The confirmation of the deputy attorney general for the United States is usually not met with the kind of fanfare and high profile hearings that Rod Rosenstein endured last month.
But with his new boss, Jeff Sessions recusing himself from investigating any sort of Russian connection to the Trump campaign, the contentious case now falls in his lap; Rosenstein's a-political style will be immediately tested by the hyper-political investigation.
"I am very cognizant of the fact that when I get in that job, I have national responsibilities," Rosenstein said.
In a one on one interview with ABC2 News, Rosenstein talked about his big promotion, a job he says will not sway the way he conducts and has conducted his brand of crime fighting.
"It is not a difficulty for me. I understand there are priorities that are set based on political considerations. That is appropriate, a new president and a new attorney general, they have the right to determine where to focus their resources. But when it comes down to how we conduct our investigations, who is the target and who we prosecute, those decisions need to be made in a way that is completely independent of politics. And so I don’t think it will be any different in Washington than it is here. As deputy attorney general you're more involved in policy making, but in terms of the principles of the department and how we conduct our investigations and who we prosecute...those are going to be made the way they've always been made."
And Rosenstein has the track record as the United States Attorney for Maryland.
He says while it is hard to hang his hat on one or two cases over his 12 years, he points to the indictment of 25 people and Black Guerrilla Family gang members inside the Baltimore City Jail.
There is also the most recent racketeering case against seven Baltimore city police officers as well as the 2010 prosecution of a singular criminal who terrorized parts of Prince George's County with home invasions, sexual assaults and murder taking a cadre of local and federal authorities to piece together his crime spree.
"Jason Scott was sentenced to 100 years in federal prison which is effectively a life sentence and he deserved it because he was one of the worst criminals that I personally been involved in prosecuting."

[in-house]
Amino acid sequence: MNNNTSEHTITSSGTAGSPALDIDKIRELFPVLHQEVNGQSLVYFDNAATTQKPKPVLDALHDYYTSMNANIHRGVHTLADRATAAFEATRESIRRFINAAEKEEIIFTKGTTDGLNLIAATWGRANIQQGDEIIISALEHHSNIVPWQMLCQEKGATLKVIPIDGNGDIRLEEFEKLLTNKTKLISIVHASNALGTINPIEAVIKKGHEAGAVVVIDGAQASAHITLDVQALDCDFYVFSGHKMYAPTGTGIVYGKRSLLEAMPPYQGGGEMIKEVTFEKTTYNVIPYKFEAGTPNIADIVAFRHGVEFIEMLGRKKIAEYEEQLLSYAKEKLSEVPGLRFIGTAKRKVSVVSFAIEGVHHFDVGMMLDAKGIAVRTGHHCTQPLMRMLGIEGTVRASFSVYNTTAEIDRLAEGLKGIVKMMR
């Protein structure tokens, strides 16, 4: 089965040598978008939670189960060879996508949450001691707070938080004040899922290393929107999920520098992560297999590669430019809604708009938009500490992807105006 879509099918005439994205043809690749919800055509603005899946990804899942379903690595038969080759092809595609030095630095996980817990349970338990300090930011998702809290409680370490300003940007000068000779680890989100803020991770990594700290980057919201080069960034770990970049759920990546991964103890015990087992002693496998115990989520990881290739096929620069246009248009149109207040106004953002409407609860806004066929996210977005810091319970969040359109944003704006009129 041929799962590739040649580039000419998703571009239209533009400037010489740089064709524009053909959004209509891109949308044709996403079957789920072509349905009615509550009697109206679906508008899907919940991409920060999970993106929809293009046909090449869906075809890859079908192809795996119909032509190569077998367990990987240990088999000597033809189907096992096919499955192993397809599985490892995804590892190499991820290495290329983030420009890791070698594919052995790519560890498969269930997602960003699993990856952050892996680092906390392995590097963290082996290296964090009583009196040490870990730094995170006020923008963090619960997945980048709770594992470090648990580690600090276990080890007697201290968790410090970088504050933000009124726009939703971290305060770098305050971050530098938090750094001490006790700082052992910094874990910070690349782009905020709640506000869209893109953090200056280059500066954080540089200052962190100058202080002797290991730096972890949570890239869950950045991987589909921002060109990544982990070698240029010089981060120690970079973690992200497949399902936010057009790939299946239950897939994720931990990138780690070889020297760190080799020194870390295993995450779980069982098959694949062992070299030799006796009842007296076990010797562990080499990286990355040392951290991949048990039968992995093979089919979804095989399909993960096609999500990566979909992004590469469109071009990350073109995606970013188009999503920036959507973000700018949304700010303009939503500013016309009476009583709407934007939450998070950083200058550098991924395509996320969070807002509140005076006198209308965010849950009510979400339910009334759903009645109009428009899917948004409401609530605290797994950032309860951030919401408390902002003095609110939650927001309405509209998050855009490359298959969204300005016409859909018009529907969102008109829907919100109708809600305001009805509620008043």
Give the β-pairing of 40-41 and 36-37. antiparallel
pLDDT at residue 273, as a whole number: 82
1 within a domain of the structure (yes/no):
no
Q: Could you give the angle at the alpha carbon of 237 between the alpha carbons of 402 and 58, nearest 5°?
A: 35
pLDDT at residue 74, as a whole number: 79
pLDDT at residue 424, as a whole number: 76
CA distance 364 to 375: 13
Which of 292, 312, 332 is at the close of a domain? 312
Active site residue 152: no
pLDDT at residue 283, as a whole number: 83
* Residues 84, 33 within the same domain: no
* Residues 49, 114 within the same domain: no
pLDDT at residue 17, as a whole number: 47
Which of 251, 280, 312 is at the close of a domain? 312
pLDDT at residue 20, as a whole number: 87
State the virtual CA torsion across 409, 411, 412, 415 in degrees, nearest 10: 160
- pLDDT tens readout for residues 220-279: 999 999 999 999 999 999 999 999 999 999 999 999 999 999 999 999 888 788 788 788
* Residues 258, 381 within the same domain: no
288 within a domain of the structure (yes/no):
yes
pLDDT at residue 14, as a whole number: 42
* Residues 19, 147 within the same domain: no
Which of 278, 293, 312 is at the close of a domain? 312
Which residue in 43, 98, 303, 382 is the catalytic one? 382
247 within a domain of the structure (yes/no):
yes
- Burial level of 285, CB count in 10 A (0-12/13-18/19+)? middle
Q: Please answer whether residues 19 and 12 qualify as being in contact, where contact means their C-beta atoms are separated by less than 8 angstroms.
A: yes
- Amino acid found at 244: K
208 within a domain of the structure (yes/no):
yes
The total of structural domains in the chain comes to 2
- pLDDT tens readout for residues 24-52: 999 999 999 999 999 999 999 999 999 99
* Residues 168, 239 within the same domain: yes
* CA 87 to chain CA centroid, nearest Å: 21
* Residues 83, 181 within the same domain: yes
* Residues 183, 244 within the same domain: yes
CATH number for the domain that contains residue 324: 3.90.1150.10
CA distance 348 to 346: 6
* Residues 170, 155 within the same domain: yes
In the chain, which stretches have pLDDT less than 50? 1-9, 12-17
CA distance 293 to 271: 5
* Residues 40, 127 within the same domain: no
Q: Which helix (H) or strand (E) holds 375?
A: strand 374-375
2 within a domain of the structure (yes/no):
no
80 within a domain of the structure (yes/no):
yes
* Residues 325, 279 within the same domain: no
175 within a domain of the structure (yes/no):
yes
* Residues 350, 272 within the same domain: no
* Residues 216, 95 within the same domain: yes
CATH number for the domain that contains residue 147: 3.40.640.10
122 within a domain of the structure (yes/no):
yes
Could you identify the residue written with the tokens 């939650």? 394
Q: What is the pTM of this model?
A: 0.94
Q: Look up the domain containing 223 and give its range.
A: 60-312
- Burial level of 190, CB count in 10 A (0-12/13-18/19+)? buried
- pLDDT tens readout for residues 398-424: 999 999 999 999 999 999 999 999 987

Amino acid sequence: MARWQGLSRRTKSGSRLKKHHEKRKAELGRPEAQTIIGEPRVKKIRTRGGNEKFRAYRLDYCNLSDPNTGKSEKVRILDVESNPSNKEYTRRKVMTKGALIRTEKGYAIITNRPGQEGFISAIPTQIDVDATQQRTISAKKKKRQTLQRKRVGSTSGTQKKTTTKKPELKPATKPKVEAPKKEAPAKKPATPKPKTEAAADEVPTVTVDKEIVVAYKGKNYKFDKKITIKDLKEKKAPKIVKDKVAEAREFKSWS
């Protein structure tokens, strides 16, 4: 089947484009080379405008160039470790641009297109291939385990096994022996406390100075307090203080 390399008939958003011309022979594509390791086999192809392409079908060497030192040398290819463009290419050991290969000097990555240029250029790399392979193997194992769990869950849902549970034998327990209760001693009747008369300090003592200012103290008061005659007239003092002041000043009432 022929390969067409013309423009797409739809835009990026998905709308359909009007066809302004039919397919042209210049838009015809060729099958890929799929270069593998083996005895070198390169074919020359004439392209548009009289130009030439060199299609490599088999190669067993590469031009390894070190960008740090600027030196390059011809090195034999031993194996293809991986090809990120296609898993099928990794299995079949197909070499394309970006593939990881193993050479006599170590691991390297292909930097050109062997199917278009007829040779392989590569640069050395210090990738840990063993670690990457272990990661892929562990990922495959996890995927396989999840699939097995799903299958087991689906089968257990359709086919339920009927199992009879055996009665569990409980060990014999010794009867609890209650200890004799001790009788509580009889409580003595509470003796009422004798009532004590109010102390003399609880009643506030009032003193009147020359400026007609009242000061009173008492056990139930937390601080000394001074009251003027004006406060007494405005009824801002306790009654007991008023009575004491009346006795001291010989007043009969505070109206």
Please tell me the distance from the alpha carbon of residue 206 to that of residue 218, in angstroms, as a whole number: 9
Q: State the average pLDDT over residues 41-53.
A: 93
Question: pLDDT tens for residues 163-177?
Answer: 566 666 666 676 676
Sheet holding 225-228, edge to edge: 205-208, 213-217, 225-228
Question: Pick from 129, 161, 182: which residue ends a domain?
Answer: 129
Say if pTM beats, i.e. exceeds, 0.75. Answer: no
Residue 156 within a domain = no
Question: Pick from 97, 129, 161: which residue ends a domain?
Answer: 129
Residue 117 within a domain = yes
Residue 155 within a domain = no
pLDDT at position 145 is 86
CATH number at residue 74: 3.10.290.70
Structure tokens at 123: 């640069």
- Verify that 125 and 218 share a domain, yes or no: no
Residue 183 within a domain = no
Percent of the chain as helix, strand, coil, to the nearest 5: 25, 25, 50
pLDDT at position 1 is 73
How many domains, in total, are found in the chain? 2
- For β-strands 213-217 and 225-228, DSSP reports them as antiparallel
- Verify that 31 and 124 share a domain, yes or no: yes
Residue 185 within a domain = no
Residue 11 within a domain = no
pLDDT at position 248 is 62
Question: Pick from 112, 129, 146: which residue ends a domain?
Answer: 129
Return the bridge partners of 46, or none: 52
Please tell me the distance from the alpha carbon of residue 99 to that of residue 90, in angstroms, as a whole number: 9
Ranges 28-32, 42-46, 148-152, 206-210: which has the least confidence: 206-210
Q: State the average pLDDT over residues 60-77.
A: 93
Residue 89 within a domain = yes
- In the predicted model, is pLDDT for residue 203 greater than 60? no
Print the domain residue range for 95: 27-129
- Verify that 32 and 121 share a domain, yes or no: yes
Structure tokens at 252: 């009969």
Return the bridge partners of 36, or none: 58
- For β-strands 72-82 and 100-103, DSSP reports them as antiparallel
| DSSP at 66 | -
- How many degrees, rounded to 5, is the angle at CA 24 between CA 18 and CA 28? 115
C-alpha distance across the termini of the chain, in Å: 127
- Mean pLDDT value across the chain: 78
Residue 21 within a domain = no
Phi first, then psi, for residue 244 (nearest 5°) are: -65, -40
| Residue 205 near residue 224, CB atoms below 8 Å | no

But in all those cases, Rosenstein said it was only possible with the cooperation of local and federal law enforcement.
It is a sound bite he would offer in almost every press conference he held; cooperation is a tenet to Rosenstein's crime fight and says it is no coincidence his efforts to heal rifts and sync local and federal resources helped drive down violent crime over his tenure.
But as you can see here in any violent crime chart, the last two years in both the city and the state have nearly erased that progress.
Rosenstein calls the recent violence an epidemic and begs the return of a cooperation between the state's attorney’s office, police and the feds to battle it back down.
"I don't think that is a coincidence. I think it went up because a series of traumatic events that occurred in Baltimore city in 2015 and I think it can come back down again if we all get together and we focus our resources and use the tools available to us but it is not going to be easy and it is going to require cooperation and coordination among our law enforcement agencies and it is going to require support from federal agencies as well so it is going to be a big challenge. But I am heartened by the fact that we have done it before. We know how to do it, we know it requires coordination. It requires police officers to know that police officers know what we want them to do and to have the confidence that if they do it, they are going to have our support."
Rosenstein also addressed the Baltimore Consent Decree entered into by the city and now his Department of Justice; the consent decree, while useful in gaining trust in the community Rosenstein says, cannot solve the crime problem.
The Department of Justice plan is not a crime prevention plan he said echoing the views of his boss Attorney General Jeff Session, that responsibility is still with local law enforcement agencies and their willingness to work together and target the right individuals.